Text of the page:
Academic journal article Development and Society

Labour Protection Policy in a Third World Economy: The Case of Indonesia

Academic journal article Development and Society

Labour Protection Policy in a Third World Economy: The Case of Indonesia

Article excerpt

All governments need to establish a regulatory system that will protect the interests of workers and ensure a minimum standard of living for the population at large. Such intervention is particularly important in developing countries, where a power imbalance between workers and employers can often lead to exploitative employment relations (Djankov and Ramalho, 2009, p. 4). More broadly, governments introduce employment protection policies not only to protect workers, but also to ensure their welfare as citizens. Without such regulations workers in developing countries are especially vulnerable to discrimination, low wages, poor workplace health and safety, as well as inadequate compensation if they suffer hardship. Critically, such protection should not only cover workers in the formal sector, but also workers in the informal sector.

In order to provide better protection for labour in Indonesia, it is clear that fundamental policy changes policies have been introduced over the last two decades. The first step taken by the government was to formulate 'Law 13 of 2003 concerning Manpower', a law which emphasized protection of rights and welfare as the most important element of development. The law stipulates that the government will provide social security and protection, and echoes the principles of cooperation and mutual assistance that many have come to consider to define the Indonesian nation. This law also decreed that there would be a minimum wage and equal employment opportunities for all, regardless of gender.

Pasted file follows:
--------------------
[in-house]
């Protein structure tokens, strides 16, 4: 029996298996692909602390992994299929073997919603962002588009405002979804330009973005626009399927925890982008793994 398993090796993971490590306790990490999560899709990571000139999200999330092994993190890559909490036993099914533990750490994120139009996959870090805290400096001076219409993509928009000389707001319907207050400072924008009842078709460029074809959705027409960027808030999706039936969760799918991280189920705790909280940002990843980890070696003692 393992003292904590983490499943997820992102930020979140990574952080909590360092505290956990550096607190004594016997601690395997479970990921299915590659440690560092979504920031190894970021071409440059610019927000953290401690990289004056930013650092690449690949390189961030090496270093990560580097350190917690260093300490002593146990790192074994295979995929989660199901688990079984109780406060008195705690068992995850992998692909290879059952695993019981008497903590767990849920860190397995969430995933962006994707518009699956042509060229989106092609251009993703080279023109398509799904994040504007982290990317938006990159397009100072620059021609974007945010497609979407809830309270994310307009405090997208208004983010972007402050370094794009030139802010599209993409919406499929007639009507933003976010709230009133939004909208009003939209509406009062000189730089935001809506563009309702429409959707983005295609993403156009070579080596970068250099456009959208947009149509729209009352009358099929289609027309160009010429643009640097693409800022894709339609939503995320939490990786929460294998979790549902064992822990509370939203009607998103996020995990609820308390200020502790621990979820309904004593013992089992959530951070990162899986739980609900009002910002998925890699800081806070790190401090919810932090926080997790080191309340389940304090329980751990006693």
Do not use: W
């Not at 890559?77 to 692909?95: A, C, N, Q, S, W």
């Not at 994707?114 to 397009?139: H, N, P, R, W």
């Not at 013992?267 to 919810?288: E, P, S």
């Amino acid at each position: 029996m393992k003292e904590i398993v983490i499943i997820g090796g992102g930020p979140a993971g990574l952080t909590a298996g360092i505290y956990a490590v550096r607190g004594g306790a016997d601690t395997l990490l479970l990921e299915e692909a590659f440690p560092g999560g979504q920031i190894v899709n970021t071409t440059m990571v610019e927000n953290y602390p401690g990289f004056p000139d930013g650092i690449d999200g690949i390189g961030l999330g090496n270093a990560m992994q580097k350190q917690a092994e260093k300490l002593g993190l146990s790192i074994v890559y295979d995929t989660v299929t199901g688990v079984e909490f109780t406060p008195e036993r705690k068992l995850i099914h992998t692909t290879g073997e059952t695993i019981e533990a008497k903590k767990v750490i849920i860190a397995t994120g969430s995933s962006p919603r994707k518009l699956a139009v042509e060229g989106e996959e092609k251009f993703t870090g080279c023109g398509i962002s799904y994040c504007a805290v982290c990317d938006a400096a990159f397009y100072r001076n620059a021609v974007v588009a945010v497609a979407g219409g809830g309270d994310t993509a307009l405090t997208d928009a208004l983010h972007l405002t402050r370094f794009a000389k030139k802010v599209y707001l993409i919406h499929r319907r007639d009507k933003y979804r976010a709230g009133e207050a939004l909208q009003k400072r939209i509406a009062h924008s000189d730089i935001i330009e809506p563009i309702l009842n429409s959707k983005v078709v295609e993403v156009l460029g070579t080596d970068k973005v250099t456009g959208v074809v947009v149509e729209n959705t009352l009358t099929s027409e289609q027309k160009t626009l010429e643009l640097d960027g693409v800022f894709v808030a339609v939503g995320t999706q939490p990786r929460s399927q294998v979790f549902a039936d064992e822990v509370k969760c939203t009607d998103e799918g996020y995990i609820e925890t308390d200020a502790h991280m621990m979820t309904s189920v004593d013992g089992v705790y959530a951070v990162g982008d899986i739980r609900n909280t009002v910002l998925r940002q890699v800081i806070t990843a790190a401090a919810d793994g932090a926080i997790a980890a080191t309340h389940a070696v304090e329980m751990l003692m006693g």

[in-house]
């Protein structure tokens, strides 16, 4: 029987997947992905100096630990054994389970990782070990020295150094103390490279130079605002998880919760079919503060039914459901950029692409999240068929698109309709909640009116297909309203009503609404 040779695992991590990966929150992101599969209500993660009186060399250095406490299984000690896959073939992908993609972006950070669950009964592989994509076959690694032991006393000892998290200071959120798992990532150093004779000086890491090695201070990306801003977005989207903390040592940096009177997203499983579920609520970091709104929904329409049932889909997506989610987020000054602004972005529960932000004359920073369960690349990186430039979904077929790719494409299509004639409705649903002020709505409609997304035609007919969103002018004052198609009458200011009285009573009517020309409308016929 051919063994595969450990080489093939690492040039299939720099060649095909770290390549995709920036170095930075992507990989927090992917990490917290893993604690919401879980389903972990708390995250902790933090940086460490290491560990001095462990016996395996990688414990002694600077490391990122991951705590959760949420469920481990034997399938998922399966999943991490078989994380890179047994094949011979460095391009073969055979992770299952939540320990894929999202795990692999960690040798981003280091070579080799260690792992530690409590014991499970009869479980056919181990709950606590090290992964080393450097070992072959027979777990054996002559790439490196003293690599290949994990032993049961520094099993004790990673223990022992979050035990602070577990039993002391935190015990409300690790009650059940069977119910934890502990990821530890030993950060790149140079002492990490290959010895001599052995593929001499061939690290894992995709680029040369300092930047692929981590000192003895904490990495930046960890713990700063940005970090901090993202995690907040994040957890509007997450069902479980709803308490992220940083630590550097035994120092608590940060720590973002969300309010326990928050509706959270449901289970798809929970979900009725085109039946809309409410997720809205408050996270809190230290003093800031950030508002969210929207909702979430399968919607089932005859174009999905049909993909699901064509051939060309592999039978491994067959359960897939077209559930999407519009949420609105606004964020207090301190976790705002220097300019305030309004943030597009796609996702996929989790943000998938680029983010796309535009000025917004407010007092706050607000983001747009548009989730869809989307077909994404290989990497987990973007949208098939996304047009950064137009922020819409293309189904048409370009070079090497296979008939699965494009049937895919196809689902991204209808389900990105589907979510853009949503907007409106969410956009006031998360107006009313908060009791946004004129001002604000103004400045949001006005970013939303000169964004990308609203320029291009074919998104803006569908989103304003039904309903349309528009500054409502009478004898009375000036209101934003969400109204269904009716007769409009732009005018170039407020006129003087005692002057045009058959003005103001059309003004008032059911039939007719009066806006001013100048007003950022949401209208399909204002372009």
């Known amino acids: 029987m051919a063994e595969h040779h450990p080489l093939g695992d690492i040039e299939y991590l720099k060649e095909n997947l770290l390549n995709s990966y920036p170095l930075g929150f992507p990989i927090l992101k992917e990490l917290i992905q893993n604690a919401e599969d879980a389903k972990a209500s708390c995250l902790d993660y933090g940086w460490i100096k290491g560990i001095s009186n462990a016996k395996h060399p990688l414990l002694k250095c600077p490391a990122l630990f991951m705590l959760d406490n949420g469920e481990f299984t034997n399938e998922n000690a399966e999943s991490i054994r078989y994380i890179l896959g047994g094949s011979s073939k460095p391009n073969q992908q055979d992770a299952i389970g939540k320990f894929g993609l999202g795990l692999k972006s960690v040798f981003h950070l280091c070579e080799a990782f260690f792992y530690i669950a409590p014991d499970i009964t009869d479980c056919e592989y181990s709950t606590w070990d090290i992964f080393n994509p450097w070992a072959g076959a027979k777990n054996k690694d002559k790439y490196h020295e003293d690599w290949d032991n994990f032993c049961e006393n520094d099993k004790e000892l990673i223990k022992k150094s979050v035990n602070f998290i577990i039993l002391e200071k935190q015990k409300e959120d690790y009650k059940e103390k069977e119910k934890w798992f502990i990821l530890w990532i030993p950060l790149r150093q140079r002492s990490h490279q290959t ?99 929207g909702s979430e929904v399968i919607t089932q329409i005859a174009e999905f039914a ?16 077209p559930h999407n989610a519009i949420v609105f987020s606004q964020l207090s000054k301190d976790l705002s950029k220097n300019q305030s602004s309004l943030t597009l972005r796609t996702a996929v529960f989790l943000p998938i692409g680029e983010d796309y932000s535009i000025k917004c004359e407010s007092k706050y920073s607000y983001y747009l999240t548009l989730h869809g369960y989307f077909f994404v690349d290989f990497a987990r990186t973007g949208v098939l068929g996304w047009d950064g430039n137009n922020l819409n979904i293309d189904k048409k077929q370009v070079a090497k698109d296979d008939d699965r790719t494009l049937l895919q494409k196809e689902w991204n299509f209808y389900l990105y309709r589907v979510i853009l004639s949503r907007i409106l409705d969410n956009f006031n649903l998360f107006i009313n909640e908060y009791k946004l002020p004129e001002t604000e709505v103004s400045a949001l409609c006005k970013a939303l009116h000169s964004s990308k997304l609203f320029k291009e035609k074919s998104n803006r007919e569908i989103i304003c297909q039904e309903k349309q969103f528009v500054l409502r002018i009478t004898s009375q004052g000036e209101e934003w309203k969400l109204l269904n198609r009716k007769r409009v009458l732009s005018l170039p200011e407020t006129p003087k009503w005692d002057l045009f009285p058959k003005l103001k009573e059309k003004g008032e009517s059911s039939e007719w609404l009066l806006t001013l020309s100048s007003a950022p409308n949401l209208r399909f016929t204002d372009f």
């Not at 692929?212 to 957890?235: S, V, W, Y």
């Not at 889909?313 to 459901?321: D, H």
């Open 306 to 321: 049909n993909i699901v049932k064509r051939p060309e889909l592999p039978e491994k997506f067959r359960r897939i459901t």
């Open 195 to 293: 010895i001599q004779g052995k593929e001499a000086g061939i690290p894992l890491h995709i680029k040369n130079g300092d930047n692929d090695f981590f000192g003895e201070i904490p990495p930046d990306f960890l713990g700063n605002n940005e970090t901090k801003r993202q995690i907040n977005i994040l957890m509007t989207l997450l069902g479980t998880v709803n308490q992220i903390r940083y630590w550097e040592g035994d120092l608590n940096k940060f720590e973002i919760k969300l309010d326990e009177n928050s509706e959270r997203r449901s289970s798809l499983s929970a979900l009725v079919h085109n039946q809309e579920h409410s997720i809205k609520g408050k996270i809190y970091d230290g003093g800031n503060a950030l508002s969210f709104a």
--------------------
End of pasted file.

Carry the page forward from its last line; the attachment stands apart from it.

In order to further promote this evolving system of social security, the following year the government issued Law 40 of 2004 establishing the NSSS, 'National Social Security System' (SJSN, Sistem Jaringan Sosial Nasional). This law was formulated within the context of a national debate over how to expand the rights of workers. In its annual session of 1-11 August 2002 the People's Consultative Assembly amended Article 34 paragraph (2) of the Indonesian Constitution, which now reads "The State will develop a system of social networking which will engage all citizens and which will empower those who are weak or disabled, according [to principles of] human dignity." This provision thus implies that all Indonesians are entitled to social security, not only civil servants, state officials and the police/military.

This law aimed to provide protection for all workers from risk in the workplace, thus encouraging their motivation and enhancing labour productivity. As detailed below, the state-owned 'Jamsostek' corporation (Persero Jaminan Sosial Tenaga Kerja, 'Workers Social Security Corporation') was tasked to provide four social insurance programs to all workers and their families, namely Work Accident Insurance, Death Insurance, Pension Insurance and Health Care Insurance.

In the following years, however, the government realised that this state corporation lacked the capacity and resources to provide such universal coverage. Nor was there are single ministry that had the the capacity to oversee its operations. As a result, Law 24 of 2011 established an organisation to coordinate these activities, the BPJS (Badan Penyelenggara Jaminan Sosial, Agency for Administering Social Security'). The BPJS was tasked to provide social insurance programs and, in order to finance the promised benefits, to collect contributions from workers and employers. This 2011 law obliges both workers and their employers to contribute a fixed percentage of wages to the fund, while the government would make contributions to protect the poor. For implementing these laws, the government developed a roadmap for the operation of both NSSS and BPJS programs, which it finalised in 2013, when its implementation began (Muliati, 2013, p. 5). Amongst other changes, implementation involved the transformation of the Jamsostek Corporation into the Labour Division within BPJS (BPJS Ketenagakerjaan). Its social security program for labour was maintained, but with improved Pension Insurance and the addition of Retirement Warranty after 1st July 2015, as will be detailed below. …

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